Change DNS On Galaxy S8 And Galaxy S8 Plus

The term DNS stands for Domain Name System. You most likely have heard of it in the past, but you probably didn’t take the time to find out more about what it is, what it does, or whether it is anything you could learn about or not.

Today, all of that will change, as we are about to show you not only what a DNS is, but also how you can change it and, as you’re probably curious to find out, why you should change it.

To keep it simple, the DNS is what makes it possible for you to surf the web and find and access websites by using the URLs–the names written with letters–rather than the IP address, which is a string of numbers, which is the only language that the web truly gets.

When you hear people talking about changing the DNS, they aren’t talking about changing the Domain Name System itself, but rather its server.

This kind of change could actually bring you unexpected benefits, such as enhanced speed, improved reliability, and the ability to access the so-called outmaneuver content filters or the locked websites.

If that sounds like something you might want to try, read on and discover what you need to do.

To change the DNS on Android, you first need to make the device forget all the Wi-Fi networks it has previously connected to. You can’t change the DNS settings servers as long as you work with a currently known Wi-Fi network, which is why you will have to proceed to remove the Wi-Fi networks and reconnect once again to the network you’re planning to use. Once you reconnect, you will be able to enter a DNS server that you want to work with.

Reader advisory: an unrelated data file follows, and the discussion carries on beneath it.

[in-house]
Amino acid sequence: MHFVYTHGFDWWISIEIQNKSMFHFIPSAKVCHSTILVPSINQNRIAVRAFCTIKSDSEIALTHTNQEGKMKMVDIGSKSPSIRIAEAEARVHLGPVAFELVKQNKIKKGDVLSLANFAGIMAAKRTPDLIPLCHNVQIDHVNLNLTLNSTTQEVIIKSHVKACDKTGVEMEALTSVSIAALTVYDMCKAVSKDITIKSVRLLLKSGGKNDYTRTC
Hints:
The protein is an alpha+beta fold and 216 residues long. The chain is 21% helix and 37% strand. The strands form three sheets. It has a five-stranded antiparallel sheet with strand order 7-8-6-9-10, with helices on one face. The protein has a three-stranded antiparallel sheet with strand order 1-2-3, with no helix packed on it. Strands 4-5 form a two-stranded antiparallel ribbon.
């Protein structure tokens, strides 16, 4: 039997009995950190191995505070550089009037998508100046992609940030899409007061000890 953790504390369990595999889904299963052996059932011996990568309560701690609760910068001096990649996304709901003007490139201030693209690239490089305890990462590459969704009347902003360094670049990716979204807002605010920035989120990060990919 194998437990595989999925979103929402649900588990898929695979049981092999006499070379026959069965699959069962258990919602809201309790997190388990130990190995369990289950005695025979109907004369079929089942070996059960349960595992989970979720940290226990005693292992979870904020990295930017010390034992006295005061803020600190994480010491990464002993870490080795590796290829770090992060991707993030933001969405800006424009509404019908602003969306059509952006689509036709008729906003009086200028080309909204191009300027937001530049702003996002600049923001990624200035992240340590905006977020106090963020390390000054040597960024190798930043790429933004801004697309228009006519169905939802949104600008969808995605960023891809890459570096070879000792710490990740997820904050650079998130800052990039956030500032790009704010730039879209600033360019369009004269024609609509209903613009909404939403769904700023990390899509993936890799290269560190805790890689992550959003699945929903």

1. Access the general settings.
  2. Select the Wi-Fi menu.
  3. Identify the Wi-Fi network you’re currently using.
  4. Tap on Forget.
  5. Tap one more time on the name of the same Wi-Fi network.
  6. Type in the password when prompted.
  7. Scroll down until you find the entry Advanced Options and tap on it.
  8. Select the IP settings option.
  9. Switch its status from DHCP to Static.
  10. Scroll down towards the fields labeled as DNS 1 and DNS 2.
  11. Type in your desired DNS addresses.
  12. Hit the Join button when you’re done.

If you want to change the DNS server with a dedicated app…
Of course you can do it. The Google Play Store can actually offer you a couple of decent alternatives, like DNSet and Dns Changer. When running either of these two, you won’t have to root your Galaxy S8 or Galaxy S8 Plus. However, if you do allow the root access you will benefit from some advanced options later on, in the event that you will encounter any DNS issues. Regardless, the point is that you can use them to automatically change the DNS on your Android devices.

With the latter, you just need to run the app and pick 2 servers from the list of options that you will find available within the app. The moment they connect, you should get a notification of confirmation.

One last thing you really need to take into account on this chapter is that for the 3G connection you cannot change the default DNS server, so you will have to use the Override DNS, another third party app that requires root access to work flawlessly.

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